Cubicle etiquette: 12 Ways Technology Can Hurt Your Career

Published 10 years ago
Cubicle etiquette:  12 Ways Technology Can  Hurt Your Career

Technology has made everything we do each day easier. We can navigate our way to a meeting, host a video chat with a client in Dubai, and check work emails from the golf course.

But all of this instant access has a price. As workers struggle to adapt to a workplace teeming with smartphones and tablets, it’s easy to make mistakes that can not only annoy co-workers, but damage reputations and destroy careers. If you find you’re focusing on your devices more than the people around you, you may be breaking the rules of technology etiquette. Here are a few guidelines for using technology in the office.


  1. Don’t check email mid-conversation

Don’t allow your attention to drift to your computer screen or your smartphone while in a conversation with someone. When you ignore the colleague in front of you to check your buzzing cell, you’re actually sending the message that something else is more important than the conversation at hand. You’re also making it clear that you don’t value your co-worker’s time, which may soon result in that person seeking conversations with someone else.


  1. Don’t wear headphones in communal areas

For some employees, headphones are a great way to tune out distractions to focus on the task at hand. But when you step away from your desk to use the restroom or drop off something in the mail room, leave the headphones at your desk. This is also true of Bluetooth headset. Nothing annoys co-workers more than trying to decipher whether you’re on a phone call or not every time they see you.


  1. Lose the speakerphone

A Bluetooth headset is far more preferable to speakerphone. Speakerphones are for conference calls involving multiple people in a room with a closed door. Speakerphones are not for one-on-one calls held in a cubicle because you can’t be bothered to hold the handset to your ear. Believe it or not, other people in your office have work to do, as well. One other thing to keep in mind: your clients and vendors may not be so happy with being broadcast through your building.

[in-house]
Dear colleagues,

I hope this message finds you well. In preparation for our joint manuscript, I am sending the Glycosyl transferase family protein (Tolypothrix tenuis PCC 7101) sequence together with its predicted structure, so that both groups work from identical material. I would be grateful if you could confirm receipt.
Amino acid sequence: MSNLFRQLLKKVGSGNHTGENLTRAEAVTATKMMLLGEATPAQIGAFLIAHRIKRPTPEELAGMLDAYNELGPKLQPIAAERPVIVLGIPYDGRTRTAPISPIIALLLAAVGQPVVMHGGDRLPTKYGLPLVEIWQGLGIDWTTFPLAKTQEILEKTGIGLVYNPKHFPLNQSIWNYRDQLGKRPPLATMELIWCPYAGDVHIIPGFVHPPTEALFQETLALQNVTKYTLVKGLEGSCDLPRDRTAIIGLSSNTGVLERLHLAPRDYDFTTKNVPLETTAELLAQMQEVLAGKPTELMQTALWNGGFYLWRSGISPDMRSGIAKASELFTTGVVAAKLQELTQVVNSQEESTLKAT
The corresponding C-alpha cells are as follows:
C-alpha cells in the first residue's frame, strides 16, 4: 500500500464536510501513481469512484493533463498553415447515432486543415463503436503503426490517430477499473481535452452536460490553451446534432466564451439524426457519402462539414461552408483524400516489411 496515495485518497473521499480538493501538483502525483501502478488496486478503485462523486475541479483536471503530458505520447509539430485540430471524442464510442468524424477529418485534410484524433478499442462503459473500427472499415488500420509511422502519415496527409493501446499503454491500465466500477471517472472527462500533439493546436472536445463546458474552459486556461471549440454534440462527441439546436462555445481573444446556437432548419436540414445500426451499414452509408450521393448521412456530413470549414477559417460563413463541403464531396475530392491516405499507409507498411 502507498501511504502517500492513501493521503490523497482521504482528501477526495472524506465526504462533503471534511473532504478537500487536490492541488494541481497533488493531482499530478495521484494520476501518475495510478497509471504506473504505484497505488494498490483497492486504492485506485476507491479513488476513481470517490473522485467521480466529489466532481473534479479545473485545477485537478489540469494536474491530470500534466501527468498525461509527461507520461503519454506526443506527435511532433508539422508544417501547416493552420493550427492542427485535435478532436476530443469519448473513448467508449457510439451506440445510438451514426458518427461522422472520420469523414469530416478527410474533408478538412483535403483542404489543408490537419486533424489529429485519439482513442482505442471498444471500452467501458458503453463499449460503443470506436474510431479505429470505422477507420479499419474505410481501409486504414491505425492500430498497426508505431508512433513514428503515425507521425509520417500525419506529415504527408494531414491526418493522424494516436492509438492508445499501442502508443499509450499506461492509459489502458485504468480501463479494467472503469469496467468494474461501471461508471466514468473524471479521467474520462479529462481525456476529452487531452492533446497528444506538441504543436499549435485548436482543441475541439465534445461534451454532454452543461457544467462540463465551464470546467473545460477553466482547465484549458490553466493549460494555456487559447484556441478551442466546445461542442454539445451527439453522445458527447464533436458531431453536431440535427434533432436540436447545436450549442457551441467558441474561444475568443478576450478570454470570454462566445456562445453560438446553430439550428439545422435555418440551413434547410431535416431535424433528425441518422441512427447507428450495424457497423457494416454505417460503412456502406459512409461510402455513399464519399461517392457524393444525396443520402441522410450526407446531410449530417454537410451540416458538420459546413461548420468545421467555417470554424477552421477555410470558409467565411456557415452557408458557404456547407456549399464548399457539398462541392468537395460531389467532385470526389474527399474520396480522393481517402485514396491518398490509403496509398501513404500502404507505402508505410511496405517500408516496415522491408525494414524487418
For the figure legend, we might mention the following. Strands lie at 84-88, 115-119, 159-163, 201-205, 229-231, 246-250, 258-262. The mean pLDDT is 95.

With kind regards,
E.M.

1. Pay attention during meetings

Yes, your BlackBerry’s buzzing. Yes, it could be important. But if you think no one in the room is noticing you’re spending entire meetings on your phone, you’re wrong. If you must be reachable at all times, give your phone only cursory glances when you’re in a meeting, saving your responses until later. It’s important your co-workers feel you’re part of the team, which includes being an active participant in every meeting you attend.


  1. Silence your cell phone

These days, movie theater audiences can’t get through the previews without at least one reminder to put all cell phones on silent. The same rule should apply to any business meeting. If your work-related cell phone must stay on vibrate, be sure it’s on the lowest setting and keep it holstered. Buzzing cell phones can be just as distracting as

ringers. In fact, as a courtesy to co-workers, you should leave your cell phone on silent at all times while you’re in an office setting. Nobody wants to hear your ringtone 700 times a day.


  1. Use your inside voice